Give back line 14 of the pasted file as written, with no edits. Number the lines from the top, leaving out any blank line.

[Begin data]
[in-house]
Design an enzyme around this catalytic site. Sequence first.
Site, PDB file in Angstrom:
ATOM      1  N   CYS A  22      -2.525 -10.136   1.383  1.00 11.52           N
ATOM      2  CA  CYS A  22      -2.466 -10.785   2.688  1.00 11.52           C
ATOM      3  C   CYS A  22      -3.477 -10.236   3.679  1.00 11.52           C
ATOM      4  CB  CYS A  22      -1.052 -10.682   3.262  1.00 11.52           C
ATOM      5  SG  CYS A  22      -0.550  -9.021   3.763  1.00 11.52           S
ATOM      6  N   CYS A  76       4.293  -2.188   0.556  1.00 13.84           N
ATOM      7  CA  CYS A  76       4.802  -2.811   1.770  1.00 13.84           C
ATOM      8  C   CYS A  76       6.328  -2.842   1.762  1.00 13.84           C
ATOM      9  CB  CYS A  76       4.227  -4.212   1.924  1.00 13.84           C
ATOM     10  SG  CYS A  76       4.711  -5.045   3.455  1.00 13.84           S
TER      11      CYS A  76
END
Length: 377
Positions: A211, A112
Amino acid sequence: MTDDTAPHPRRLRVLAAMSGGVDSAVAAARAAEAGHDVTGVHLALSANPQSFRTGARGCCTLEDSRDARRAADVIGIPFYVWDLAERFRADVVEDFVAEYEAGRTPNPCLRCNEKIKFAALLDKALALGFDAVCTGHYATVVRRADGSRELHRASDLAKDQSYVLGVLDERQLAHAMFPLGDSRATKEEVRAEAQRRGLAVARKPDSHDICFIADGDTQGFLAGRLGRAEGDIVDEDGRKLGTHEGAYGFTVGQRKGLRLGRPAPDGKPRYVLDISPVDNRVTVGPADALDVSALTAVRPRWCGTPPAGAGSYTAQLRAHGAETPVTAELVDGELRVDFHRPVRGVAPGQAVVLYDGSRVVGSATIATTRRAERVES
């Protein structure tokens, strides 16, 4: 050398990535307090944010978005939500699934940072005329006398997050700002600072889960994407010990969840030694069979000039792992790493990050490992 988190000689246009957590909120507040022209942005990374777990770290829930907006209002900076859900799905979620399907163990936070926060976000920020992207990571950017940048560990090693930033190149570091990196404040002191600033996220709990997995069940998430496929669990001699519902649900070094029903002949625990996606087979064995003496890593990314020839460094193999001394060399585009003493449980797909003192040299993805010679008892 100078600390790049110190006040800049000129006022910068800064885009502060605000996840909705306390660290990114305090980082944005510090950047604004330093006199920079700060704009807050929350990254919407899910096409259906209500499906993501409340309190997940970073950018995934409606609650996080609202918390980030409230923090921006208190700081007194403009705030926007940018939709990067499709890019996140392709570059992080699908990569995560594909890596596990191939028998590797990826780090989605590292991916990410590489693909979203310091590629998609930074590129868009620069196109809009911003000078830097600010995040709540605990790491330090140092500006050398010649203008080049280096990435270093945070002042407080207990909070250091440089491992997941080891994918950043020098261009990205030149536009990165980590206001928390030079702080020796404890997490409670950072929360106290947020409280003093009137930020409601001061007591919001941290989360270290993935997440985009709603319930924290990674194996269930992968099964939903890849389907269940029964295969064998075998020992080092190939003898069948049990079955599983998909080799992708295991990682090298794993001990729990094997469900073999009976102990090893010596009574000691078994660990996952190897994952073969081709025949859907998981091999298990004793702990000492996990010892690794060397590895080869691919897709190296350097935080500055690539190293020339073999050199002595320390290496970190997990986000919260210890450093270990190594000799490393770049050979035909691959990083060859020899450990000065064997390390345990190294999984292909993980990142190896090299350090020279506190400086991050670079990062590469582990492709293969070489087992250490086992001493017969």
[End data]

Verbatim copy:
TER      11      CYS A  76